How well do you understand inheritance tax rules?

House and coins - inheritance tax rules

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How well do you understand the ins and outs of inheritance tax rules? What is permissible as a gift, and which exemptions apply?

A survey by HMRC published earlier this year concluded that the public has a relatively poor knowledge of inheritance tax rules and lack of confidence in what they do know.

HMRC commissioned a survey of 947 people who had made gifts in the last two years. To assess knowledge of the inheritance tax rules among these donors, they were asked eight questions, which are shown below.

58% answered five or more questions correctly, while just 37% gave themselves a confidence rating of over 6 out of 10 on answering the questions. After adjusting for confidence levels, the survey concluded that the proportion with a “high knowledge” of inheritance tax rules – as opposed to simply lucky with their answers – was just one in four.

Try your hand at the questions below to see how well you understand inheritance tax rules. The correct answers are shown below.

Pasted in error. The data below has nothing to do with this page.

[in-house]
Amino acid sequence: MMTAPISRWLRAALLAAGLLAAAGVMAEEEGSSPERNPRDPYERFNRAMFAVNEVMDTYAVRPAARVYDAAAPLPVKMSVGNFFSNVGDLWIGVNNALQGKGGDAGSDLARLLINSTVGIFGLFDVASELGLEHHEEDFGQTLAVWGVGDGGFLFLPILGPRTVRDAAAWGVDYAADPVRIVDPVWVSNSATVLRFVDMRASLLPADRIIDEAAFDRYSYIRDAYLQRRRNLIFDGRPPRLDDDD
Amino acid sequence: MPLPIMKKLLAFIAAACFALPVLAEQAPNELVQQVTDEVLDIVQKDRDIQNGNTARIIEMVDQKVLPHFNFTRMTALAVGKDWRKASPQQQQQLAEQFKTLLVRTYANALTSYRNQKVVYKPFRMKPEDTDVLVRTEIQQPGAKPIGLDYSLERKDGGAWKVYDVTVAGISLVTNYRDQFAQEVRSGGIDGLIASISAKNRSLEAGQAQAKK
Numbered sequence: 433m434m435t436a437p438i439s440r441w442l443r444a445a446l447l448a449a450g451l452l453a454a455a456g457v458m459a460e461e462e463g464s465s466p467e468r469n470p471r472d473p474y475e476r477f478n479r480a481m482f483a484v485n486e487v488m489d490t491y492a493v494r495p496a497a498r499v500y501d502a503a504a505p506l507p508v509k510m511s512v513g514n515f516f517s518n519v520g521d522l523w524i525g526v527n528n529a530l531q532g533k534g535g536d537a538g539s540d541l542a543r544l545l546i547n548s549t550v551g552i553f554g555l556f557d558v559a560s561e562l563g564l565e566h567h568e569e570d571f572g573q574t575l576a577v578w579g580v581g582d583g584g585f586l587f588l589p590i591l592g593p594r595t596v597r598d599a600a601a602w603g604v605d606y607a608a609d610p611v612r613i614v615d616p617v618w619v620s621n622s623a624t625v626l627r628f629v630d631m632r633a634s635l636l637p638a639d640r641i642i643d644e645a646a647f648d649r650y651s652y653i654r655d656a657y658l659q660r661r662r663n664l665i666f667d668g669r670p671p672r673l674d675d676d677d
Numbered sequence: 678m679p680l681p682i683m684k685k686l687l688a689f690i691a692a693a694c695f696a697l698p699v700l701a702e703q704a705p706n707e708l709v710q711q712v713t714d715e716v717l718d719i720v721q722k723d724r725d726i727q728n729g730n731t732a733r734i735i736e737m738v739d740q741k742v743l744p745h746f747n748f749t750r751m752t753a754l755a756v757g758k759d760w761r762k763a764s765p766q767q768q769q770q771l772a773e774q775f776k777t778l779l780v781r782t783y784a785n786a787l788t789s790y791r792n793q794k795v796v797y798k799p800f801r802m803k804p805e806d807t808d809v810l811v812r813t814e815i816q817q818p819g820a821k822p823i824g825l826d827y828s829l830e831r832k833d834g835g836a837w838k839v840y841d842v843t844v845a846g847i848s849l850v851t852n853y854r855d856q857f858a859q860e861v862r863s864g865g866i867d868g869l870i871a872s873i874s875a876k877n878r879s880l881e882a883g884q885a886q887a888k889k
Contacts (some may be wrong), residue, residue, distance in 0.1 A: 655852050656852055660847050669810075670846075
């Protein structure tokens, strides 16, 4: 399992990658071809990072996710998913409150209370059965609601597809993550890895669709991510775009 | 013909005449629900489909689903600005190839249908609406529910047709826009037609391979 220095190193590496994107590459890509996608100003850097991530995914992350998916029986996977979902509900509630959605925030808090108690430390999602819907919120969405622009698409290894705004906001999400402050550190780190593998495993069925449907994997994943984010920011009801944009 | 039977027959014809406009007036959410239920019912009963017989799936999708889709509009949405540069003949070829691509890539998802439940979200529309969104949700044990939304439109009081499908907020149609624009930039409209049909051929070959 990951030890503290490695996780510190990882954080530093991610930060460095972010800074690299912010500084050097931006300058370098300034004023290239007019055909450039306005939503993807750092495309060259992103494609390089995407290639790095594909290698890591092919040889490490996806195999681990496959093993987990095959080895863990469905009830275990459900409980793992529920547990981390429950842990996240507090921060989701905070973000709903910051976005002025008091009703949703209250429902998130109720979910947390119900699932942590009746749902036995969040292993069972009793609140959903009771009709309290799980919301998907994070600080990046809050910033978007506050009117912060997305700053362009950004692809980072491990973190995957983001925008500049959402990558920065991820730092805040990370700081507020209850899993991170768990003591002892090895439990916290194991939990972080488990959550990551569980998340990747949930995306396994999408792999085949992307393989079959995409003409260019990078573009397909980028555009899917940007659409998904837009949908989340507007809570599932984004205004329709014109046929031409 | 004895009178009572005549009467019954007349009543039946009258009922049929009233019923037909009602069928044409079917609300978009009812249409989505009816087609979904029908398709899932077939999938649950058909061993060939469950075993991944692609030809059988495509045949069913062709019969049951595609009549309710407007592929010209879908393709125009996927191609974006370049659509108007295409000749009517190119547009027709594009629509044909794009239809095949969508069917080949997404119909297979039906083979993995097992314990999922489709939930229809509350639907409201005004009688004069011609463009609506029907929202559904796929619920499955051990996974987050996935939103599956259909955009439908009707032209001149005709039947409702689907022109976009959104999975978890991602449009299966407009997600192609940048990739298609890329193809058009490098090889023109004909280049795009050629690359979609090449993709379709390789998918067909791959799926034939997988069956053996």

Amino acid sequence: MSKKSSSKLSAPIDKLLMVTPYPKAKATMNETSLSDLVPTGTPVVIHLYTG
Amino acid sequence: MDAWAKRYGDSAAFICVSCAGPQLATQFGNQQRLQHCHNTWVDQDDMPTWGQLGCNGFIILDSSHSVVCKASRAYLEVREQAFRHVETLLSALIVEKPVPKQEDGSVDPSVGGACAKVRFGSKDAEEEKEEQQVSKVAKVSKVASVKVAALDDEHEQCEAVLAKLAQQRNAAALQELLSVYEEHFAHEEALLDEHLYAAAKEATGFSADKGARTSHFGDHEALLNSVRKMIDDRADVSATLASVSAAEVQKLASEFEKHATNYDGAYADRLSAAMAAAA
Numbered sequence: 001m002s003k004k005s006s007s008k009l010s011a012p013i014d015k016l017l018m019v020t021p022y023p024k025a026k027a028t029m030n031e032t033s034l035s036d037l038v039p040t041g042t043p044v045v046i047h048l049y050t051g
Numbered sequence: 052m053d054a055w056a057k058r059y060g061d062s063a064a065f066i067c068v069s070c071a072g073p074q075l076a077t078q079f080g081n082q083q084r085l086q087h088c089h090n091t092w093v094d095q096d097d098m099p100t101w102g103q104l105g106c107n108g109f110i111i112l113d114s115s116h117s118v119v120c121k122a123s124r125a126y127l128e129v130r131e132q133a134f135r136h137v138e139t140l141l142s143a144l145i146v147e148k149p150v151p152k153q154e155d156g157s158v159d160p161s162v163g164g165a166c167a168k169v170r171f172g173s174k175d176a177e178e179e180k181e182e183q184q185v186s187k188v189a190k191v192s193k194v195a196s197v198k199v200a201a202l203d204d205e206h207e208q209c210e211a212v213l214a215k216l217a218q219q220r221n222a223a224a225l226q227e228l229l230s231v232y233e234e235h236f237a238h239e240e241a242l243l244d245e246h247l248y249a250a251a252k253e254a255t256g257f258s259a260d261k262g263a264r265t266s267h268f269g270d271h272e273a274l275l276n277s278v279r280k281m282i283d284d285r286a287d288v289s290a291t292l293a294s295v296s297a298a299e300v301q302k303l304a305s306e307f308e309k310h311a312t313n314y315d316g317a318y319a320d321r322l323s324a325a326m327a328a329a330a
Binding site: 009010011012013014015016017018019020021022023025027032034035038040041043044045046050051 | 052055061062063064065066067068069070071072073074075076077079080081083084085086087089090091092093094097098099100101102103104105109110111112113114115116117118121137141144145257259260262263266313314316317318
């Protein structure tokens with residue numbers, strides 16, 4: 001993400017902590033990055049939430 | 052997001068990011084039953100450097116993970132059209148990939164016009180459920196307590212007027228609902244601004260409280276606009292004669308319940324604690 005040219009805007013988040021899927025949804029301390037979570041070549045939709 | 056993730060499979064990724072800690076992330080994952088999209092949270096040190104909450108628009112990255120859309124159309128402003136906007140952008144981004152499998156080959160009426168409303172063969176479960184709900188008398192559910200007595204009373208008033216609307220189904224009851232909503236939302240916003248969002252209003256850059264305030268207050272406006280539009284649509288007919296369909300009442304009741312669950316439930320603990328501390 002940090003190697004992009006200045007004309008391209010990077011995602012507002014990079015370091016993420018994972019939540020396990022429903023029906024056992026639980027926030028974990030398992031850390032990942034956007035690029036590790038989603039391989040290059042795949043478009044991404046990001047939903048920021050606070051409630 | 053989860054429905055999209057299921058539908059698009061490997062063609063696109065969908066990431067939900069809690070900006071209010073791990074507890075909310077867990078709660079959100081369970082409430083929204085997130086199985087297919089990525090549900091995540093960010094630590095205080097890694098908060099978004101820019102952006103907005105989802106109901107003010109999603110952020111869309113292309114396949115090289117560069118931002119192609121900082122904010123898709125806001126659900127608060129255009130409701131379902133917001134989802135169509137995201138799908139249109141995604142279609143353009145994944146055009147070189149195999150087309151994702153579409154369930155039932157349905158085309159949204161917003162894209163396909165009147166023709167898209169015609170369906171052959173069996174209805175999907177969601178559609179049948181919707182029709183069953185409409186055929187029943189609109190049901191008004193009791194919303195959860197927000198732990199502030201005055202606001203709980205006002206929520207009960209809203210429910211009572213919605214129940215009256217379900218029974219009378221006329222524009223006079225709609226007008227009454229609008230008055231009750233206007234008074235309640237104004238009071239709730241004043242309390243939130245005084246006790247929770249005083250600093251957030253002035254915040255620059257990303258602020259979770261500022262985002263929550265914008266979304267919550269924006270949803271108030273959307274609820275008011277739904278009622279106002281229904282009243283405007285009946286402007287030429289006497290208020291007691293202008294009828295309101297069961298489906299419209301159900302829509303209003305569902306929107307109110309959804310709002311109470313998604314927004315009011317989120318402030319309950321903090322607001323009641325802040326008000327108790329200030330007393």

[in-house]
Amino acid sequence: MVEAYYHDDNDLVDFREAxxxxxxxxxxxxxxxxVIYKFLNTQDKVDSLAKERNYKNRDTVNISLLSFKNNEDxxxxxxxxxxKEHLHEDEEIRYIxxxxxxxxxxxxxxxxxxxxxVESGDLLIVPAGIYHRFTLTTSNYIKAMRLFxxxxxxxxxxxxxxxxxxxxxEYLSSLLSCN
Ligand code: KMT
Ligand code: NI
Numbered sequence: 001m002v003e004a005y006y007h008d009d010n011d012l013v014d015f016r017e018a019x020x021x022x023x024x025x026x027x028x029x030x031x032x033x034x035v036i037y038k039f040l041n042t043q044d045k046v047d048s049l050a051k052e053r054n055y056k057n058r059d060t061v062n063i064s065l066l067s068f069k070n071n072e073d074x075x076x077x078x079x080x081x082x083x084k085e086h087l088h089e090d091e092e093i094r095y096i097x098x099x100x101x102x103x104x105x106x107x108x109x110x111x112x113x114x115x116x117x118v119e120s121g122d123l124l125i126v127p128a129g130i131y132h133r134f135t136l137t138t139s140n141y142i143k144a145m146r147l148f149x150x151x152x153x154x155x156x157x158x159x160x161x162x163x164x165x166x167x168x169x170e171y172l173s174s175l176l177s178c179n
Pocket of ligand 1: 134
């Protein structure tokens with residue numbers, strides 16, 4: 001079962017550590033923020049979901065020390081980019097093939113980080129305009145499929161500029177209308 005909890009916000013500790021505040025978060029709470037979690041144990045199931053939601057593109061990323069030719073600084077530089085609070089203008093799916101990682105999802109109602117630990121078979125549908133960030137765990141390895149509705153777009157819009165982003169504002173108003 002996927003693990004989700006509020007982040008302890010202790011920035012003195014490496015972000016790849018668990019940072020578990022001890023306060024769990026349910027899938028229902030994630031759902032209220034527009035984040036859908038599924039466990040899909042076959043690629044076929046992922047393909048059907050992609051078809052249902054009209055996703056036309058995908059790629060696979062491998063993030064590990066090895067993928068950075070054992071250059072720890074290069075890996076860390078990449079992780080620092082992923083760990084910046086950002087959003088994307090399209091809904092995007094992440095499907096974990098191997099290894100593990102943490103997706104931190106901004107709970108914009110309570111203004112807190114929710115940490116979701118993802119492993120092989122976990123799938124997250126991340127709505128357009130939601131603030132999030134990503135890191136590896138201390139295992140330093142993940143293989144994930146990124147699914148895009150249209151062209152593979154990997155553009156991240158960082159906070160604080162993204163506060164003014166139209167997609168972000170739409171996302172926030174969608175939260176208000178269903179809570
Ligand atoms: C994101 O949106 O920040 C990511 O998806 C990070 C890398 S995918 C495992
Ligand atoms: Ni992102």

Whatever your score, it is worth considering why HMRC should have undertaken such a survey at this time. It may be no coincidence that the Office of Tax Simplification published its second report on IHT simplification following the survey. Rationalising the rules on lifetime gifts is an obvious target, but as ever with simplification of inheritance tax rules, there will be some losers. We can help you consider where you might stand on the winning and losing scale.


NoInheritance tax rules

True or False?

1A donation to a charity or a qualifying political party can count as a gift that is exempt from inheritance tax 
2Inheritance tax may be paid on gifts totalling more than £325,000 if the person who makes the gifts dies within seven years of making them. 
3A person can give as many gifts of £250 as they want in a year and not be subject to inheritance tax, as long as each gift is to a different person 
4Inheritance tax may be charged at 40% on gifts to individuals given by the deceased in the three years before their death 
5A gift can be the difference between the value of property and the actual price that the buyer pays 
6Inheritance tax will always be payable on gifts over £3,000 given in the seven years before death 
7A gift up to £1,500 to a niece or nephew getting married is always tax free 
8A married couple or civil partners can leave up to £950,000 to their children without paying inheritance tax 

Answers: True: 1, 2, 3, 4, 5, 8  False:  6, 7

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